crisp, the meat soft and tender, and the simple flavorings spot-on. The wine sauce was the perfect accent –
leading with wine, deepened by the flavor of duck tenderloins; rich, yet
light. Since the red wine imbued a bit
of sweetness to the plate, I paired the dish with cauliflower, which I find has
a subtle, natural sweetness. I also love
having a range of textures on my plate, so I opted to treat the cauliflower two
ways: pureed for velvety smoothness, and roasted for crunch. The roasted cauliflower, which I took from Smitten
Kitchen, was topped with pomegranate arils post-roasting, which provided for a
tart-sweet-juicy pop; a bit of a surprise texture that also served to highlight
the sweet notes in the cauliflower and tie it together with the sauce. Once plated, I took a step back and felt
pretty proud of myself. It was a
well-composed, pretty, thoughtful and frankly delicious plate of food. And I didn't go bonkers in the process.
Peppered Duck Breasts with Red Wine Sauce
From this New York Times recipe
My duck breasts were significantly smaller than those called
for in the original recipe, so each serving was a full breast. I couldn't finish nearly all of it, but
Robbie cleaned his plate with no problems. Though I thought the duck could have been taken from the heat a good 45 seconds
earlier, Rob thought they were cooked perfectly.
2 duck breasts, about 6 ounces each
1 tablespoon freshly crushed black peppercorns (I laid them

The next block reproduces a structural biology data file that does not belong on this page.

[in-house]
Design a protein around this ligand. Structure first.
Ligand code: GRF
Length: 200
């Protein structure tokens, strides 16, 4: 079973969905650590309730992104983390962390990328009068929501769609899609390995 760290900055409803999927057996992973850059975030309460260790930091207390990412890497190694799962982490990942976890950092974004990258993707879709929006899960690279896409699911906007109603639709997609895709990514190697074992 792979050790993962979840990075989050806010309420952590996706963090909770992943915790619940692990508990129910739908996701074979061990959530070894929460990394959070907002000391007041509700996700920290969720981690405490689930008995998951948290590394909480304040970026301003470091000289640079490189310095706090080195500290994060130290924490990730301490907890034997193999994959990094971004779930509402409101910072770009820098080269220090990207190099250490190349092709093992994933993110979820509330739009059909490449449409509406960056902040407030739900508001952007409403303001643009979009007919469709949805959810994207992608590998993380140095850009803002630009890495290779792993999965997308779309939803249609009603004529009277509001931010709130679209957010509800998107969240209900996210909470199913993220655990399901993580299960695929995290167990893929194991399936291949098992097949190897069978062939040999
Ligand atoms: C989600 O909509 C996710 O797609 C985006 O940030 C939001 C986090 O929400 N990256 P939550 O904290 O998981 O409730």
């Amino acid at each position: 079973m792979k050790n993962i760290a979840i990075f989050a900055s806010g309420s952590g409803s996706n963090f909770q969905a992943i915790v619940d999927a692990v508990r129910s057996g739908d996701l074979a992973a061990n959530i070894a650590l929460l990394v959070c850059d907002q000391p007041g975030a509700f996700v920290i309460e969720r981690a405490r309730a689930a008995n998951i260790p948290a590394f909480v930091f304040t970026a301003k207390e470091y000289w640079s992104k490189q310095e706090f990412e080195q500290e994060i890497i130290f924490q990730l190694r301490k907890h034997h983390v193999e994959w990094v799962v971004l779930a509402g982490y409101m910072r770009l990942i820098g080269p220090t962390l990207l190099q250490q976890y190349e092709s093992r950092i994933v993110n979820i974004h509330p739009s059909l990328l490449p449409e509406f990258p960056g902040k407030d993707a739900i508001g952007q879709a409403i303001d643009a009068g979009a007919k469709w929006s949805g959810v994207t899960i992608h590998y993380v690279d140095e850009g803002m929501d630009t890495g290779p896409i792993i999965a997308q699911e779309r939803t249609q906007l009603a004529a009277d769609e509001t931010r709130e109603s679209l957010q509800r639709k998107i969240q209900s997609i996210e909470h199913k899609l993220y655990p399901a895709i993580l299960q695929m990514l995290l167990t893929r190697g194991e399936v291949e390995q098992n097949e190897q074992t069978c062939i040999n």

out in a bowl so they wouldn't escape and used the bottom of a glass bottle to
1 tablespoons unsalted butter
1 small shallot, sliced thinly
1 1/2 teaspoons tomato paste ( I like to use the tomato
paste in the tube so that you don't have to open up a whole can for just a
2 tablespoons plus 2 teaspoons medium-bodied red wine
1 cups unsalted chicken broth
1 teaspoons potato or corn starch.
Remove the tenderloins, thin strips of meat on undersides of
the duck breast, and reserve for the sauce. (NOTE: My duck breasts were already
trimmed for the most part, but there were a couple of small strips of meat that
came off with trimming the rest of the fat away, so I used those and a bit of
the extra skin for this purpose. I mean, can you go wrong with extra duck skin?
(FYI - No.).
) With a sharp knife, trim away any gristle from the undersides and
trim any excess fat from the edges of the breasts, preferably without slicing
away the top four layers of skin on your thumb (cooking with a paper towel
bandaged around your finger is inconvenient at best). With a VERY sharp knife,
core the skin in a diamond-shaped pattern, without cutting to the meat. Lightly